The word “water” was surely the most printed and discussed in Tunica County in 2010, with both the city and county pondering rate changes, the city mulling large expenditures to its aging utilities and farmers and homeowners feeling nature’s caprices, as the year first brought more water than we wanted and then a months-long drought last summer that threatened to finish off cotton and soybean crops.
The town kicked off 2010 asking citizens to conserve in the wake of freezing temperatures, after the town water system experienced loss of volume and pressure.
Extreme cold continued into February, bringing three snowfalls in succession. And flash floods in May dumped four inches of water in less than three hours into already overtaxed storm drains.
Mother Nature turned fickle again the first of June and turned off the tap, with extreme drought conditions continuing through October. The year was the second hottest on record, too, making for a lethal combination. It was a long, hot summer.
In April, county officials enacted new water and sewer rates, with residential customers seeing a 10 percent increase and commercial rates rising 15 percent.
The town soon followed suit. In September, city leaders took a second look at adding a new well to their system, after negotiations fell through for a tie-in to the county’s lines. At year’s end, water issues were still being debated, as the mayor and aldermen labored to complete a long-term facilities plan.
If water was the pressing issue for the city, the county focused on development, with German company Schulz GMBH announcing plans for a $300 million pipe plant in North Tunica County.
Amid much fanfare, including a visit by Mississippi governor Haley Barbour, Schulz broke ground March 10. By April, site work was underway. A change in general contractors in August refocused the project, and as the year ended, walls and roofing were up and manufacturing equipment had begun to arrive. Schulz also advertised late in the year for maintenance hires, as the project points to start-up in the first half of 2011.
Not to be outdone, Tunica Airport brought more good news: scheduled air service to and from Atlanta beginning in May. The first AirTran 717 touched down on May 6. Then in September, an open house showcased a new terminal.
On other fronts, investors with local ties announced plans in January for the county’s tenth casino property on the site of the former Isle of Capri. Site approval was granted by the state in March.
Construction got underway on the Gateway to the Blues Museum and Visitors Center adjacent to CVB offices in the resort area. And in town, Dollar General debuted a new prototype store in June.
Harrah’s hosted an inaugural Memphis-in-May barbecue contest in October, won by local favorite Natural Born Grillers, and Toby Keith’s I Love This Bar & Grill opened.
In December, Tunica Humane Society organizers purchased property for a permanent shelter, after receiving significant financial support from the Harrah’s Foundation in October and from Rob Thomas’ Sidewalk Angels Foundation.
The year wasn’t without challenges, however, as Tunica County mourned the loss of one of its own in Afghanistan and rallied around another local family when a pre-teen was injured in an electrocution accident.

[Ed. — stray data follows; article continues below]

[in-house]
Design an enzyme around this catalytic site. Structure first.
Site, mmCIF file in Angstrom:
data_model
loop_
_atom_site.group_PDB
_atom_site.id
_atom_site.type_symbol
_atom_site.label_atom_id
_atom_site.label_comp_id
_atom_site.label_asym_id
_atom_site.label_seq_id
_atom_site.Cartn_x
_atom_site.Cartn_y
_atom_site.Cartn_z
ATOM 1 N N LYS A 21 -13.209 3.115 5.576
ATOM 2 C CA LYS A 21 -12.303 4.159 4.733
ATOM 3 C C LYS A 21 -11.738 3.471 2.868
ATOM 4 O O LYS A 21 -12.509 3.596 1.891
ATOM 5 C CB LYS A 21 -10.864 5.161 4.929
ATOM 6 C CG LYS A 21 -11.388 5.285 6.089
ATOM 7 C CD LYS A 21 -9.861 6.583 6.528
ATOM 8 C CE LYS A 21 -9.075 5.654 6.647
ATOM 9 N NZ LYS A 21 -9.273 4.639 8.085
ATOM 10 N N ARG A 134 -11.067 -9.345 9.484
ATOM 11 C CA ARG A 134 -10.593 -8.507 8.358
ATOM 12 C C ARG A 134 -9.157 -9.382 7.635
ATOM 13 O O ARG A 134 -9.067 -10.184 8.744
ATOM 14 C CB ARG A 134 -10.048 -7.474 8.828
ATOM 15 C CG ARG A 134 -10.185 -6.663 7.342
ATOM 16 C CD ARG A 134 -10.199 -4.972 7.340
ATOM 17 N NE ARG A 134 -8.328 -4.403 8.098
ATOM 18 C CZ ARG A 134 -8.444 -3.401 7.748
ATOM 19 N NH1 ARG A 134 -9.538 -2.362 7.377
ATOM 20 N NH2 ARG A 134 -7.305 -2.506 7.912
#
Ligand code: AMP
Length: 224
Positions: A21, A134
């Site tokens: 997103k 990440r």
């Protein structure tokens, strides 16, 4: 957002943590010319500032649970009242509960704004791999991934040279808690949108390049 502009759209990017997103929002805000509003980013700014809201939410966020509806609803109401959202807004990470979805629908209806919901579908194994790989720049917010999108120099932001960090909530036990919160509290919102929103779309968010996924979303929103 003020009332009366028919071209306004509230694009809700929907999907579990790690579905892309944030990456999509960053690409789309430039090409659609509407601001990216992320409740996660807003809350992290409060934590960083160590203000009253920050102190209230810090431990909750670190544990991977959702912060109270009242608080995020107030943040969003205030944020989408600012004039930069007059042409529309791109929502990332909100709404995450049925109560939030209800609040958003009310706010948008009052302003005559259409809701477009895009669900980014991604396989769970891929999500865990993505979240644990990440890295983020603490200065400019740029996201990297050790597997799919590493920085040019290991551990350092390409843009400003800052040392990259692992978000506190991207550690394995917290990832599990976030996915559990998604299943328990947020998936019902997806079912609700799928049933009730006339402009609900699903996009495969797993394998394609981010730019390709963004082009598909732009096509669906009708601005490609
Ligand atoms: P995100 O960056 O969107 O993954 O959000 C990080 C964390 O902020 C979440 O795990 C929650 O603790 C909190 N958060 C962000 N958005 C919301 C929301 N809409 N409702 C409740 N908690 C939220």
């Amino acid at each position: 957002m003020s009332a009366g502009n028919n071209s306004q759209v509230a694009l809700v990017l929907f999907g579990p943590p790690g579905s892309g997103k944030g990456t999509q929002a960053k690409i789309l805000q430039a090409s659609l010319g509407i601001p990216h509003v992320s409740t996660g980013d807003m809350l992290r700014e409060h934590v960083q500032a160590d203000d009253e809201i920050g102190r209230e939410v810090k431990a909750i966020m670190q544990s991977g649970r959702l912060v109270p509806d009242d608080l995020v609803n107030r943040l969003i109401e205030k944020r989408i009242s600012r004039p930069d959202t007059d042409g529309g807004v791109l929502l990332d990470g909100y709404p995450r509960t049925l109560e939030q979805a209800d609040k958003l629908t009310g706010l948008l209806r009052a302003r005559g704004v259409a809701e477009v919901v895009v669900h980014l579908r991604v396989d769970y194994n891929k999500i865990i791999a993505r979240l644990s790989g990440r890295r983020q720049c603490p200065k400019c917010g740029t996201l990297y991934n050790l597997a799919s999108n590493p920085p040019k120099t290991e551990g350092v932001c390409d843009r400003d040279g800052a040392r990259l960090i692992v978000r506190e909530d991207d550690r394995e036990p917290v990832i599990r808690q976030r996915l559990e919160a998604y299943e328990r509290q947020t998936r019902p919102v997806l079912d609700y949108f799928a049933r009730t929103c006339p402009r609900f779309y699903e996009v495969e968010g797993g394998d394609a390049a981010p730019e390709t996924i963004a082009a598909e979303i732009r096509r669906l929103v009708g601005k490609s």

Here’s a look back at other significant events of 2010:
January – Good Shepherd Catholic Church officially celebrated the opening of its new church in Robinsonville, and Brenda Mitchell was appointed interim district attorney following the resignation of former DA Laurence Mellen. Mitchell won the post in a special election in November.
February – Beatrice Peace is selected Woman of the Year by the Community Foundation of Northwest Mississippi, and Trey Eubanks is a part of a team from LeBonheur of Memphis lending a hand to earthquake victims in Haiti.
March – The county’s convention and visitors bureau is named tops in the state and the Southeast.
April – Tunica County’s unemployment rate tops 20 percent, and longtime reporter Peter Thomas departs the Times’ staff.
May – Heroes emerge in the Madysen Acey accident and a May 15 benefit for Acey exceeds expectations. Catholic Social Services honors employees’ 20 years of service, and Harrah’s announces plans to host the 2010 Miss Mississippi USA pageant.
June – The community welcomes Madysen home, and Stan Collins fights to keep his principal’s post at Rosa Fort High School.
July – Best-selling author Charlaine Harris is honored at Tunica Museum; local Scouts celebrate the organization’s centennial; and Tunica RiverPark announces plans for a fall eco-festival.
August – Main Street considers adding a highway district, and The Tunica Times switches to a Friday publication day.
September – Relay For Life raises over $20,000 to fight cancer, and the county sets a $69 million budget for FY 2011.
October – Tunica County turns out to welcome home fallen soldier William Brandon Dawson; longtime tax assessor Betty Gayle Fields retires; and ScoutBase returns for its third successful event at the Tunica Arena.
November – Galen Henderson’s profile is added to the Sons and Daughters of Tunica County exhibit at the Tunica Museum; and Kristen Fields wins Miss Photogenic at the Miss Mississippi Teen USA pageant.
December – Chickasaw Council BSA honors the Flowers family, and the county begins the process of redistricting.
PHOTO OF THE YEAR: The Tunica community suffered painful losses in 2010, including the death of Private William Brandon Dawson, whose flag draped casket arrived at Tunica Airport on Oct. 8.